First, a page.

- The Washington Times - Thursday, June 18, 2009

“Children will announce they want to serve in our nation’s military, and teachers will applaud their aspirations, rather than regard them as lowering their standards. Parents need to see veterans for what they are: the best that every generation had to offer,” states Executive Director David Bellavia on the Web site of the Warrior Legacy Foundation.

This nonprofit was launched on Memorial Day weekend by some veterans who say that many existing organizations — with the exception of the American Legion, which they admire — have not been effective in advocating for the needs of veterans, nor in defending their reputation. The group’s mission is to transform the way American veterans are portrayed in the media and the popular culture.

Among the passionate leaders of the Warrior Legacy Foundation is veteran and D.C. resident Jim Hanson, 44. He is better known by his pen name Uncle Jimbo and as the founder of a leading military blog site, Blackfive. In the May 18 press release announcing the Warrior Legacy Foundation, Mr. Hanson stated that many veterans and service members have expressed “frustration” with veterans groups that attempt “to represent veterans issues but seem to have ulterior motives — painting veterans as victims is an easy way to raise money and get media attention.” By contrast, the Warrior Legacy Foundation seeks to “protect the reputation and dignity of America’s warriors.”

The foundation concept emerged when Mr. Hanson and Mr. Bellavia had a conversation about the current status of American veterans. “We talked about how the administration tried to make veterans pay for their own health care, how the DHS [Department of Homeland Security] memos painted all veterans as right-wing extremists and potential terrorists, and how there was no one, aside from the American Legion, really working to defend veterans,” Mr. Hanson said. To counteract these forces, the pair, along with other veterans, decided that establishing a foundation willing to work across party lines was the only solution.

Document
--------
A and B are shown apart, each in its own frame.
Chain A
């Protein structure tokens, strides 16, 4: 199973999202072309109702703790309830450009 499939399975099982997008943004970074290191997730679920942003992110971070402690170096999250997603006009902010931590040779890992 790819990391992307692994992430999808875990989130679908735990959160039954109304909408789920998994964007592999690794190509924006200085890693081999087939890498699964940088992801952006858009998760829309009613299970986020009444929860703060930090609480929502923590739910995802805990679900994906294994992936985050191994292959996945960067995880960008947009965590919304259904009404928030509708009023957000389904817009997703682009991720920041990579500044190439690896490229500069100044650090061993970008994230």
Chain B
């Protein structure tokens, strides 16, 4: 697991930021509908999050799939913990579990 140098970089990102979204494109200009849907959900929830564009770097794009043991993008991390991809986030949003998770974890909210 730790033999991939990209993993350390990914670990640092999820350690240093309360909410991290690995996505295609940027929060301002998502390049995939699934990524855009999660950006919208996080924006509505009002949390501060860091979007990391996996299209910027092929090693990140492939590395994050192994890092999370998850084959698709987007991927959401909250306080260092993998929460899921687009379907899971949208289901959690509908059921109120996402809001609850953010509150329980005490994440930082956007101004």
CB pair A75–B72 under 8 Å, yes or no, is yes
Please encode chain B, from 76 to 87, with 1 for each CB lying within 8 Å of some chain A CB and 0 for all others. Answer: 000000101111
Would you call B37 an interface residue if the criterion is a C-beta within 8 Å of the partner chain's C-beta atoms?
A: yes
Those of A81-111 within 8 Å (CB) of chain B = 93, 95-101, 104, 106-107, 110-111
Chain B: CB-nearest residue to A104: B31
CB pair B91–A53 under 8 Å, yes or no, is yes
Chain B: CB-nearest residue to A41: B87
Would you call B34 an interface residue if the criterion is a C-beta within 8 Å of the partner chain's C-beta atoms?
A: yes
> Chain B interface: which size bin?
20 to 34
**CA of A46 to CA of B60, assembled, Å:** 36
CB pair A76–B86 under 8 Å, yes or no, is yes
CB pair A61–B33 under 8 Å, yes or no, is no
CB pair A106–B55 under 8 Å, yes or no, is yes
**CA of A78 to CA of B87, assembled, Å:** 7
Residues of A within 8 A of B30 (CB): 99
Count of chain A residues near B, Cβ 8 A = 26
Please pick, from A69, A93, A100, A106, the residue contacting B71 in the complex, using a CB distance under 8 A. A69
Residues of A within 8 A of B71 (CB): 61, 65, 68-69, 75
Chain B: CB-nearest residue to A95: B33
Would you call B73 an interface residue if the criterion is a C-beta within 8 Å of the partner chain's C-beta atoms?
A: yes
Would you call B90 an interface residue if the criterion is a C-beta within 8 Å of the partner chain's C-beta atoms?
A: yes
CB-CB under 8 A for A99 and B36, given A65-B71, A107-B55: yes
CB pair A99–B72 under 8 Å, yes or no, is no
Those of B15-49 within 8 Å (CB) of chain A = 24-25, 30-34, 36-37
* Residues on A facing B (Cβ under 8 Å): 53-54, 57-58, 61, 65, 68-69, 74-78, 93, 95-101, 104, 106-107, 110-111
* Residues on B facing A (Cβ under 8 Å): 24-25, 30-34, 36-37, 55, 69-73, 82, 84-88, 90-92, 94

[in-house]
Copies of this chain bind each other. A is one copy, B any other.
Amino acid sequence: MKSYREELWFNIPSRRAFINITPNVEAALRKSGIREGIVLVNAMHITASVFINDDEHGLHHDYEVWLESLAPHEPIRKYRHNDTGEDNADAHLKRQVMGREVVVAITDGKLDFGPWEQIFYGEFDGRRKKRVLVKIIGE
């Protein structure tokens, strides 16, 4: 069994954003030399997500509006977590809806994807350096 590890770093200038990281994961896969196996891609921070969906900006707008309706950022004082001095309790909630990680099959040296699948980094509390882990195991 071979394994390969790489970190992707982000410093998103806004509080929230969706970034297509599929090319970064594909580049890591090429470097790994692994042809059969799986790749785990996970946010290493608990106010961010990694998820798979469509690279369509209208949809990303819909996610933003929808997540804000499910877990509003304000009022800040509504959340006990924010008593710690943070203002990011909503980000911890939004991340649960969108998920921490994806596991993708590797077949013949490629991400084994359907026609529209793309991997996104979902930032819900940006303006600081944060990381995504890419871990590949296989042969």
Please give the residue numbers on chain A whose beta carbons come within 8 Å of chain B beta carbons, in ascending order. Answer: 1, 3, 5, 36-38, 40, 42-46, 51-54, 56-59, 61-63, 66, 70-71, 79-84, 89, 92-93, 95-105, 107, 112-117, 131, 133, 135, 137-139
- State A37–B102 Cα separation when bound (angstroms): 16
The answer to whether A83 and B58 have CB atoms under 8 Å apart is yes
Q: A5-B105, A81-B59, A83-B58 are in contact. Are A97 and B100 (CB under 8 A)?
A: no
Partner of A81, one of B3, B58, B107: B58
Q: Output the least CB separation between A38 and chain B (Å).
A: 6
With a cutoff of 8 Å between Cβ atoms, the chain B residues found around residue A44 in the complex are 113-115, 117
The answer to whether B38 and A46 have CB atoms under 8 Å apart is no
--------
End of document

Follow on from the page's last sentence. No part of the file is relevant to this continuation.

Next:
In an interview with The Washington Times, the combative and fiery Mr. Hanson said the organization wants to avoid getting “into the weeds” of politics. He lampoons institutions that pretend to be nonpartisan yet endorse political candidates. The “military is nonpartisan by definition,” he said. “I don’t care who sits in the White House. I wore the uniform under Ronald Reagan, George Bush and Bill Clinton.” The mission of the foundation is to educate America about the people who have served and their accomplishments.

“We will do very little lobbying or advocacy with Congress,” Mr. Hanson said. “We want to tell stories about those who served.”

In particular, the Warrior Legacy Foundation seeks to counteract the media narrative that “veterans are victims,” Mr. Hanson said. “The vast majority of those who served came back proud of what they did, proud of what they accomplished.” That message needs to be heard as much as the message “about death and destruction.” He is hoping the Warrior Legacy Foundation will integrate “into the daily fabric of American life” gratitude among all citizens and recognition for the service of the troops in defending freedom.

“We’re America’s police; we’re the world’s police,” he said. “When evil rears its ugly head, we take care of it.” He said that those who served in Iraq contributed to the liberation of 50 million people living “under the boot of Saddam” and the Taliban in Afghanistan. He added that Afghans “now have a say in how they are being governed.” These accomplishments are being vastly understated in the mainstream media, Mr. Hanson said.

The Warrior Legacy Foundation is a grass-roots campaign with an open membership, including civilians who have not served. Mr. Hanson said the foundation will counteract negative stereotypes about veterans by creating a “viral network, a social network” that he hopes will change public perceptions. He said they are building a “person-to-person” messaging campaign. He wants Americans to spread the word about the specific positive contributions service members have made in foreign wars. “You can make a difference by talking to neighbors about what your cousin did in Iraq, for example, or thanking service members in airports,” he said, encouraging all Americans to join in advancing the organization’s cause.

The Warrior Legacy Foundation is, in essence, putting the political establishment and the mainstream media on notice: Veterans want respect and recognition for their role as the guardians of America’s most cherished values, both at home and abroad.

• Grace Vuoto is the editor of Base News, a citizen journalism project of the Washington Times for America’s military community.